We set start-up founder, Seb Francis, up with three one-hour mentoring sessions with one of Britain's finest entrepreneurs; Peter Roberts, founder of Pure Gym - a £125m turnover business. Seb's business is Titus Learning,  an EdTech business providing software to international schools across the globe. In this blog Seb describes what it's like to be able to ask a seriously successful entrepreneur questions about growing your business.

This was part of a campaign where we matched 20 entrepreneurs with specialist mentoring sessions from 20 founders of companies on the Sunday Times Fast Track 100 list. All of these entrepreneurs were awarded this opportunity after taking out a Start Up Loan through Virgin StartUp.

A mentoring session with the founder of PureGym - Seb Francis

Let’s start 4 years ago. I was 22 years old, working in a sales role for a tech company, and spotted a gap in the international school market for a new company. Along with a colleague at the time, we started to formulate a business plan and set the wheels in motion for what would grow to become Titus Learning. However, it was with plenty of outside help that we’ve been able to grow Titus into the firm it is today. One vital support arm has been Virgin StartUp - from the early days of assisting with the business plan and small Start Up Loan, through to being selected as an ambassador, and more recently pairing me with a seasoned mentor to help us take Titus to the next stage.

My mentor was none other than Peter Roberts, founder of PureGym, the £125million turnover fitness giant. We were introduced at the Fast Track 100 event, and started the day by sharing lunch and chatting for 90 minutes about what Titus does as a company. My key questions to Peter were about: different routes to scaling our already profitable business, when (and if) funding is suitable, and the longer-term strategy (assistance working this out and best ways to implement). We continued by discussing what makes us different and where we would like to be in 3-5 years. When discussing these topics day to day it’s often with peers, so to have somebody who looks at it from a completely different angle (and in short cuts through all the crap!) was extremely refreshing. The fairly frank discussion we had was very helpful for assessing where we currently sit in the market, and how realistic, or unrealistic in some cases, our plans were.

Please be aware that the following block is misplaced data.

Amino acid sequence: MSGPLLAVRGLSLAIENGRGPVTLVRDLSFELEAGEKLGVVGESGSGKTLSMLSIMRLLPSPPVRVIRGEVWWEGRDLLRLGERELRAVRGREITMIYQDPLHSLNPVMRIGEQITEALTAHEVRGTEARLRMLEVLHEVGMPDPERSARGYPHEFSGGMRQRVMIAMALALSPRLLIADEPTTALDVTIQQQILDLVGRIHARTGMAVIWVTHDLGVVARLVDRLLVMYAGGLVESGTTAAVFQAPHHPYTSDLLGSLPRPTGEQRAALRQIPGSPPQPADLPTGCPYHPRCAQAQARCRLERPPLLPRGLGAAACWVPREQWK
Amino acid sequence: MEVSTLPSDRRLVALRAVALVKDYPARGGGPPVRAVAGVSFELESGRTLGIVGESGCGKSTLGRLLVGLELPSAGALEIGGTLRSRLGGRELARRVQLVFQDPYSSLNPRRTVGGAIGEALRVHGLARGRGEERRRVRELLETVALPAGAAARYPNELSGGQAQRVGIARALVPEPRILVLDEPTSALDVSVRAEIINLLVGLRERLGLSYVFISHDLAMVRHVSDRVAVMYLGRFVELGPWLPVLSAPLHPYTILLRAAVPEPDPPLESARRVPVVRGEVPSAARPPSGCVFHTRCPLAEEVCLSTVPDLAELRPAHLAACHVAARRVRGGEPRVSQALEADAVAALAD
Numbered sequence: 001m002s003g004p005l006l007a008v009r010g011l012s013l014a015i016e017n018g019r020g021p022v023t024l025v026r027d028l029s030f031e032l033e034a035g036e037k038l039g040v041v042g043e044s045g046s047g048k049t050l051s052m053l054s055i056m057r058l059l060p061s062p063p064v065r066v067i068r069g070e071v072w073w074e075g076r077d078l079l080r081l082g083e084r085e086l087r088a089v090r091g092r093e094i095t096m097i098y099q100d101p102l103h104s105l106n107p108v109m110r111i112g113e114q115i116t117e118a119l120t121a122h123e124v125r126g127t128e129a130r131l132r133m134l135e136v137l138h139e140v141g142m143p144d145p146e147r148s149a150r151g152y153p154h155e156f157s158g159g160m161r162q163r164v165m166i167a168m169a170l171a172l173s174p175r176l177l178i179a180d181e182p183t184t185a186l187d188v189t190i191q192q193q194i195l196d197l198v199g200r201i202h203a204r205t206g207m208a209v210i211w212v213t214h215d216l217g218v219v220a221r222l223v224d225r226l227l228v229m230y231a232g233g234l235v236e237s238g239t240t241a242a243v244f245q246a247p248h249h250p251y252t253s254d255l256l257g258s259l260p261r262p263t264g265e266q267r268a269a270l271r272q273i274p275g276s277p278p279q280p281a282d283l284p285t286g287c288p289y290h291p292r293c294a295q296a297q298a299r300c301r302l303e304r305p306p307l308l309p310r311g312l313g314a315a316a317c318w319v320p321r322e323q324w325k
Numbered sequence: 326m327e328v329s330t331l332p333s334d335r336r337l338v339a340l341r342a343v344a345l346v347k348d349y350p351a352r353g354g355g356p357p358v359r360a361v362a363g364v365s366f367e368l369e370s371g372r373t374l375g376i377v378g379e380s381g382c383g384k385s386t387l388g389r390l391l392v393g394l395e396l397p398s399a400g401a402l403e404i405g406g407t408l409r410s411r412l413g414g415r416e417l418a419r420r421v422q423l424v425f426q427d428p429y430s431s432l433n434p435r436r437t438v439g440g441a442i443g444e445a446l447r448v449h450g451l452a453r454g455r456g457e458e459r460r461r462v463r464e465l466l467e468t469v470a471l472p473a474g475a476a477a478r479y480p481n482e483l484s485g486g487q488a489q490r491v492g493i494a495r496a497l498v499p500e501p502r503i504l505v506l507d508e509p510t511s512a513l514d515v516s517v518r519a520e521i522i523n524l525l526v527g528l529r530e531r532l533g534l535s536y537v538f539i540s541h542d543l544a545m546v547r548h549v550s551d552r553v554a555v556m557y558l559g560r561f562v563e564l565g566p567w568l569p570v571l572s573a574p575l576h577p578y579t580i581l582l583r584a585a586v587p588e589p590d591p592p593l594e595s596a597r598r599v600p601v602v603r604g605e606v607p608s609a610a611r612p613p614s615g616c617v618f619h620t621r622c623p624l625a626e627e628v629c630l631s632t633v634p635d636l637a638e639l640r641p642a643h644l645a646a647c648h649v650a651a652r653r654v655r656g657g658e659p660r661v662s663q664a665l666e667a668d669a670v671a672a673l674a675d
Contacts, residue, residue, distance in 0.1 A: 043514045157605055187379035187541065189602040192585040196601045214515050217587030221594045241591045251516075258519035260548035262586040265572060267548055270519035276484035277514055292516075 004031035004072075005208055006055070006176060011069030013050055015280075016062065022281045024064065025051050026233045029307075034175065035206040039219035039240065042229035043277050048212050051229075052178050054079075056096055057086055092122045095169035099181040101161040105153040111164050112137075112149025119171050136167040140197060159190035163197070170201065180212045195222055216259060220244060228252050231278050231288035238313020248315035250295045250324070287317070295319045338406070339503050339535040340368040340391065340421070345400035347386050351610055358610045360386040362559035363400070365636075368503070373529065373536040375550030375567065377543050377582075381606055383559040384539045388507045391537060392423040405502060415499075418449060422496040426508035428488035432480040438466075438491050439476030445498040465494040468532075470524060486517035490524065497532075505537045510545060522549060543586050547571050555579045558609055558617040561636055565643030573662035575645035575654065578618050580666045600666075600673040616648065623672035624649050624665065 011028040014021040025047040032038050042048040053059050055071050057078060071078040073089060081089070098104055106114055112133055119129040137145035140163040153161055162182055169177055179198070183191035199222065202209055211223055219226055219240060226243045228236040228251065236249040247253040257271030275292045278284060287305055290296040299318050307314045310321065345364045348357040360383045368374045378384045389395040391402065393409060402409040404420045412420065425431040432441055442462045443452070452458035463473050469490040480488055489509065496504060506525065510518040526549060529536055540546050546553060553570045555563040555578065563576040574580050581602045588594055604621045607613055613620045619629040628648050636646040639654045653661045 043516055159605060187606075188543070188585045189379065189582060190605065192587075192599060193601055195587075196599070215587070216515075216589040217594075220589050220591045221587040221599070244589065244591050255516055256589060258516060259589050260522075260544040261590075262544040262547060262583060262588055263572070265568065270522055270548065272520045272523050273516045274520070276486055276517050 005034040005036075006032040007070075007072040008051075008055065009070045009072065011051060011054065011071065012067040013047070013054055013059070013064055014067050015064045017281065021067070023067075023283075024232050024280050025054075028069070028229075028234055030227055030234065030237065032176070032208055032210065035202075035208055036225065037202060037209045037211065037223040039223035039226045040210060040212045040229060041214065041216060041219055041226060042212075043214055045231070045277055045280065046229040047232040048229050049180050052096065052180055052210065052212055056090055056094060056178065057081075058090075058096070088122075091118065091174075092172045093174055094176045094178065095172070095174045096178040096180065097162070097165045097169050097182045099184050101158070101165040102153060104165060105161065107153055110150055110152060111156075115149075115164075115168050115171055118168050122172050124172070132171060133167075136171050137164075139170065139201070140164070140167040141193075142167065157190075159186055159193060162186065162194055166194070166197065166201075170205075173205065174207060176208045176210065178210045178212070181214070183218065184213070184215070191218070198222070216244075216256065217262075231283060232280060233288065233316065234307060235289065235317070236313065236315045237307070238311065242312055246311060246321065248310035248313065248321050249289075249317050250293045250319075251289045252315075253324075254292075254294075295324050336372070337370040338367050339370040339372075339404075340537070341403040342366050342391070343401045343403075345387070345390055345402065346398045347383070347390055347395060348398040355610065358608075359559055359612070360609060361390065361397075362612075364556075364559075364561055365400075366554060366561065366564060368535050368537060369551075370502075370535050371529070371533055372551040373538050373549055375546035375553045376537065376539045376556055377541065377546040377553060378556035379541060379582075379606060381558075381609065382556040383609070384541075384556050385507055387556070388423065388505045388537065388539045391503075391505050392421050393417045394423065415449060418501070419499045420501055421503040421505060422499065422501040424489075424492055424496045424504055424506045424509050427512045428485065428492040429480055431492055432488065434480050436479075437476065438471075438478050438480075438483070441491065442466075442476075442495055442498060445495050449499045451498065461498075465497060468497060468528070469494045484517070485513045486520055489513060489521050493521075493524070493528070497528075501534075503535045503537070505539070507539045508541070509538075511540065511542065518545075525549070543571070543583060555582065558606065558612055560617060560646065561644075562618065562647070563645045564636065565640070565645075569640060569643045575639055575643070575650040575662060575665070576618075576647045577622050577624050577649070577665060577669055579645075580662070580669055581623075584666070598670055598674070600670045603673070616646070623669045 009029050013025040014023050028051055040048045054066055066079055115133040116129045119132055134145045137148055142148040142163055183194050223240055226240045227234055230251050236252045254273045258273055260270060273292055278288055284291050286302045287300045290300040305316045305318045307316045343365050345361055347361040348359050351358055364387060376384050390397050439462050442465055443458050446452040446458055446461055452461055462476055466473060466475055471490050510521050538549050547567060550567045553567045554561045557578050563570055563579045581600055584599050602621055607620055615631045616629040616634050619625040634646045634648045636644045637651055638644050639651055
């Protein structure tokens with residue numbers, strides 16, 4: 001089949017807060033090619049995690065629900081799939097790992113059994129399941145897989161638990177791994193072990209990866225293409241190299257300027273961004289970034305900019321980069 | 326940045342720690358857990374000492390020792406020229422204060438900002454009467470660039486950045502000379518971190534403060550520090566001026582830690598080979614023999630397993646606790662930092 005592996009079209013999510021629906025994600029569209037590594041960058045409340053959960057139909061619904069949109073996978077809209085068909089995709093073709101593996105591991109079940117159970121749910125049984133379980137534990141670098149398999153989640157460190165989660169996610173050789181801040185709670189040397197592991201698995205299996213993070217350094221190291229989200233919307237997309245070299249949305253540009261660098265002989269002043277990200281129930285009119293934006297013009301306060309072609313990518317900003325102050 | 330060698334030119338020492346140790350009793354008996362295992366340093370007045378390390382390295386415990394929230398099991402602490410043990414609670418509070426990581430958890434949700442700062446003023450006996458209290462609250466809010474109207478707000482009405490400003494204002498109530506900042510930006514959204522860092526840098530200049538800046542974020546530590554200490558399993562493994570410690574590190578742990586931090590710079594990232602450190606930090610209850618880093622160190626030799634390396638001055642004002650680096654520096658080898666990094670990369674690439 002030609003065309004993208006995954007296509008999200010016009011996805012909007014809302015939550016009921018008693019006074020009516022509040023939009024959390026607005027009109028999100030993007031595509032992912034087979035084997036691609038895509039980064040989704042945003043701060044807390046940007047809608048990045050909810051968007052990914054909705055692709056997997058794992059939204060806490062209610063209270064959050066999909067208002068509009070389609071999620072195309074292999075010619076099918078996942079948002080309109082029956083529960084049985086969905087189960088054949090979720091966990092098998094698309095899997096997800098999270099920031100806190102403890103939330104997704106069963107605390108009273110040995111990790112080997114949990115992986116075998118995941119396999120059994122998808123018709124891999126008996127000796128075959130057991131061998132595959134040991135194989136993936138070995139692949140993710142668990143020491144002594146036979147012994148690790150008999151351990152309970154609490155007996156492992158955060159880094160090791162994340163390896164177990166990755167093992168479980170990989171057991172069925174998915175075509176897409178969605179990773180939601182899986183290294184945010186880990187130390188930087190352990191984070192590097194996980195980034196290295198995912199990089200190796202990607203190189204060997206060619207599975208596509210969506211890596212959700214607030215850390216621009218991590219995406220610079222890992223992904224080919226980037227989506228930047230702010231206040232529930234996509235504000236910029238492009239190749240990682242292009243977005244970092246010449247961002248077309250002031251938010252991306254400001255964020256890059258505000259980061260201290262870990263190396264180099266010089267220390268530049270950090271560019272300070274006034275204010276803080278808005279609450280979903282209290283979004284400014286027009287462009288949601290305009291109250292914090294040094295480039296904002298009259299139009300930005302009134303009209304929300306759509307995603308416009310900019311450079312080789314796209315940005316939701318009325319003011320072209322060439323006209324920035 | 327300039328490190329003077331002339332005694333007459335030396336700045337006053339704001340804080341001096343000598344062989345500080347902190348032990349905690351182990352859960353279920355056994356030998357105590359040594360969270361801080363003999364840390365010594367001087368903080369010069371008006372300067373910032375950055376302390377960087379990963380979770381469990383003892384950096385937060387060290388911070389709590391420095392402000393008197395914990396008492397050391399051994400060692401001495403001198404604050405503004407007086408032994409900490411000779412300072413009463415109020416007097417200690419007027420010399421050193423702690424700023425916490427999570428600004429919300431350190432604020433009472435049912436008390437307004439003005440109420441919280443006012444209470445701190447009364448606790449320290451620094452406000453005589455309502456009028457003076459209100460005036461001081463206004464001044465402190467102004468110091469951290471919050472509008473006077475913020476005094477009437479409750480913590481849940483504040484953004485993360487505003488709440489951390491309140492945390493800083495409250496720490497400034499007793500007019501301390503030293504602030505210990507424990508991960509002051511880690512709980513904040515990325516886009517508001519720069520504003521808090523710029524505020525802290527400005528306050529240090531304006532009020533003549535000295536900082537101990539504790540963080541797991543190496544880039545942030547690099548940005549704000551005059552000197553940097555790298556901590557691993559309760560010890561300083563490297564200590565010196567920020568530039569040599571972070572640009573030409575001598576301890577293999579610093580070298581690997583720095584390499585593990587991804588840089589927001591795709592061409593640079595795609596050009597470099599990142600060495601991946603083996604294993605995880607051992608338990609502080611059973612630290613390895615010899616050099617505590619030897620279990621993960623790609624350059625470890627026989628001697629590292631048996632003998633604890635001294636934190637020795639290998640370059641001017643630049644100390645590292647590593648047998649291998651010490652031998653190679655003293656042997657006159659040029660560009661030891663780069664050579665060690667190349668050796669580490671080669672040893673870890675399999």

As someone who’s very much into their sports and fitness it was a brilliant opportunity to find out more about PureGym and their journey of scaling to the huge size they are, and the challenges they face as a much larger organisation. We left the event with a number of action points ahead of our next meeting. I was due to be working on forecasts, updated business plans, and answering a number of key questions that had come from the day (mainly around our growth plans).

Our second meeting took place a little closer to home for the both us in good old Yorkshire. Updated forecasts? Check. Answered growth questions? Check. Updated business plan? Nope! I’d purposely put a date in the diary and said about taking a plan as I knew it would give me that deadline to complete it. However, in hindsight the meeting in London raised far more questions that I realised at the time, and working through them with my co-founder and team was a large, but extremely useful exercise. To have written a new business plan without covering some of the elements with Peter wouldn’t have been wise in my eyes - this has since turned out to be a good move. We discussed some of the numbers, sense checked my new ideas, and delved into some of the specifics around action points, for the next meeting.

As I write this I’m in San Francisco and finding it a great opportunity to work on tasks that don’t get done day to day whilst in the office back home. The updated business plan and supporting documents is one of those tasks (along with this post!) and I’m due to meet with Peter when I return to the UK. Having not just the advice from somebody who’s been there and done it, but also the pressure to ensure you do what you say you’re going to do has been immensely helpful. I’ve found that longer-term plans have become more concrete within this past 4 months than they have throughout the running of Titus, and that is partly down to the relationship I’ve been able to forge with Peter. We have one more mentoring session organised via VSU, but I’m hopeful the relationship will be a lasting one and that Peter will continue to be a great sounding board for future ideas and decisions. With a bit of luck I’ll be able to get Peter on my podcast to share some of the great advice I’ve received!

Key things I have gained from the mentoring sessions so far:

  • Re-writing your business plan and forecasts is a vital exercise as you continue to grow and evolve
  • Take time to ask the big questions as remove yourself from the day to day
  • Verbalise your ideas and run them past mentors and colleagues
  • Don’t be afraid to think even bigger than you are
  • Ask questions, regardless of how stupid they may sound. Once you have the answer, you can crack on with the important stuff!


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